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When Online Hacking Poses Real-World Dangers

In January, the hacker group Anonymous staged a demonstration at a BART station in San Francisco after officials turned off cell phone service in its stations.
Justin Sullivan
Getty Images
In January, the hacker group Anonymous staged a demonstration at a BART station in San Francisco after officials turned off cell phone service in its stations.

There are a couple interesting Anonymous stories out there in the ether today. First, the news.

The group claims to have hacked a number of Chinese government websites. Last month, Anonymous China launched its own Twitter account. It was endorsed by the YourAnonNews account, which is kind of the unofficial clearinghouse of Anonymous posts on Twitter. And then the folks who are behind this project got to work.

Hundreds of Chinese government sites and companies reportedly have been defaced within the space of a few days. On some of the sites the group even posted tips on how to circumvent the Great Firewall of China.

And now the analysis:

An interesting article by Yochai Benkler on the Foreign Affairs website asks the question: What is Anonymous really? In the article, " Hacks of Valor," Benkler, a Harvard Law professor and co-director of the Berkman Center for Internet and Society at the university, makes the case that Anonymous is widely misunderstood. He writes:

"Seeing Anonymous primarily as a cybersecurity threat is like analyzing the breadth of the antiwar movement and 1960s counterculture by focusing only on the Weathermen."

It's an interesting argument.

I like Benkler's analogy. NPR's Tom Gjelten, who recent reported on Anonymous, wrote a note suggesting an interview with cybersecurity experts who are worried about these attacks. I'd love to hear that as well.

For my part, I tend to agree with Benkler. Anonymous is a broad, largely disorganized movement, built around the idea of cyber-civil disobedience. I think the China attacks speak to that.

There are dozens, probably hundreds of different types of actions talked about in Anonymous chat rooms. Some gain support, some don't.

Some might be the digital equivalent of a sit-in — a denial-of-service attack that floods a website for a while and disrupts its ability to do business. Others might be break-ins — where data is stolen with the intent to embarrass someone. And certainly, depending on the kind of information stolen, those kinds of break-ins could be dangerous. And, of course, at least theoretically some of these actions could be real attacks on physical infrastructure that have real-world consequences.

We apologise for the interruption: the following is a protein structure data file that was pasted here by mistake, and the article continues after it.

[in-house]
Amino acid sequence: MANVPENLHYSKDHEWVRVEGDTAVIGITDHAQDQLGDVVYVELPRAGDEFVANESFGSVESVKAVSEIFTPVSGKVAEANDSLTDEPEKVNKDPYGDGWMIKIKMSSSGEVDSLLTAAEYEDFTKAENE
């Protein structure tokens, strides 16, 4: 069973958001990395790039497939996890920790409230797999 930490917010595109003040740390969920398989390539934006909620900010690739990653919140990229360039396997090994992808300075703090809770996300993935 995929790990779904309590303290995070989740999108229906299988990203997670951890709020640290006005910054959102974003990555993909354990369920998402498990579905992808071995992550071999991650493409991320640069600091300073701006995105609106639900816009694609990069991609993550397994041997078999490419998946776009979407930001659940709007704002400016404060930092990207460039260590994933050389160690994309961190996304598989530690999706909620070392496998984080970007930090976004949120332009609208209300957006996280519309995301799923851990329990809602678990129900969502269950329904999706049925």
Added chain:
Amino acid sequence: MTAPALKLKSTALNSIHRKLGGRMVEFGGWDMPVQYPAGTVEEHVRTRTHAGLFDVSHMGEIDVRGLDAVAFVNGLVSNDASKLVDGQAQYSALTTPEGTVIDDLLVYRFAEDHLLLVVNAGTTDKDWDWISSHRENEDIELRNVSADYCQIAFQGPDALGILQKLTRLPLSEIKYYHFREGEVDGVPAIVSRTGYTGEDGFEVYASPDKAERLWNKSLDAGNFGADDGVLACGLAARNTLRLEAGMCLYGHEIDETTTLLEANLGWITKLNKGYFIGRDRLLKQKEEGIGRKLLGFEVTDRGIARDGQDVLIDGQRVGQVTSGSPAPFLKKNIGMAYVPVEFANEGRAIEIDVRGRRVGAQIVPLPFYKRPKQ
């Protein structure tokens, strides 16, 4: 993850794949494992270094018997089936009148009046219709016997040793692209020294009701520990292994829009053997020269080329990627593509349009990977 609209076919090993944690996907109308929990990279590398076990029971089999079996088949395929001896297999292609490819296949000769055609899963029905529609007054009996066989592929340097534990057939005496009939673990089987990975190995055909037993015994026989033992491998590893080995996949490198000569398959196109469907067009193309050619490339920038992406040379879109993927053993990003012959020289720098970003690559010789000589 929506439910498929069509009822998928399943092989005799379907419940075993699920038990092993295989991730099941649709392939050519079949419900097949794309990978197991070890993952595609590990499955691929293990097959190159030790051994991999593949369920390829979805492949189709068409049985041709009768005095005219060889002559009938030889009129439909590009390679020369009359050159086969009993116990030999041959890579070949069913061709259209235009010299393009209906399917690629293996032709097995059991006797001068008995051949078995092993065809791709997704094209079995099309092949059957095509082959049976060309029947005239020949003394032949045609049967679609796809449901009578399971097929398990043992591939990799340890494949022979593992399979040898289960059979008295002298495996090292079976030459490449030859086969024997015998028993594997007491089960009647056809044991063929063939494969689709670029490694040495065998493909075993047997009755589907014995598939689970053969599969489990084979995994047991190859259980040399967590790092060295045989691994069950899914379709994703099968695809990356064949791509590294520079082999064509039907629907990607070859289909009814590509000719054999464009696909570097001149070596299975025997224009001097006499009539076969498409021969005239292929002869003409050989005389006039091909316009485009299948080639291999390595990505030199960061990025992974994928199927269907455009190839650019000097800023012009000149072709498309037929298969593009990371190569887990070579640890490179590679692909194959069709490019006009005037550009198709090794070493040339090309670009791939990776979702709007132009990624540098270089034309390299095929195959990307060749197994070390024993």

So far at least I'm unaware of any kind of hack attack led by Anonymous or any other non-state actor that falls into the latter category — what we might call the digital Weathermen.

I think the wrinkle here — the point where the analogy breaks down — is appropriately in the anonymity of these online actions. If I went to a sit-in I faced arrest. I knew that going in. It was part of the deal. Cyber activism and its false promise of anonymity can lure people into believing their actions may not have real-world consequences. That can perhaps lure some into reckless or irresponsible behavior.

But I don't think that's why we are more vulnerable now to hacking — or the potentially disastrous effects of online attacks.

The real problem is that powerful and potentially disruptive tools have become much more widely spread. Many hacks today are relatively easy and cheap. And there are more people who can do greater damage by hacking than ever before. But that's not because of the growth of groups like Anonymous or any other political movement.

Much of it has to do with the kinds of networked cellphone technology that is being built into more kinds of devices — from factory valves to medical equipment to chips used to track cattle in fields. Yes, you can hack cows. All of it can be hacked and manipulated from afar. If you can get in, you can do damage — and new digital doorways are being built into almost everything.

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Steve Henn
Steve Henn is NPR's technology correspondent based in Menlo Park, California, who is currently on assignment with Planet Money. An award winning journalist, he now covers the intersection of technology and modern life - exploring how digital innovations are changing the way we interact with people we love, the institutions we depend on and the world around us. In 2012 he came frighteningly close to crashing one of the first Tesla sedans ever made. He has taken a ride in a self-driving car, and flown a drone around Stanford's campus with a legal expert on privacy and robotics.
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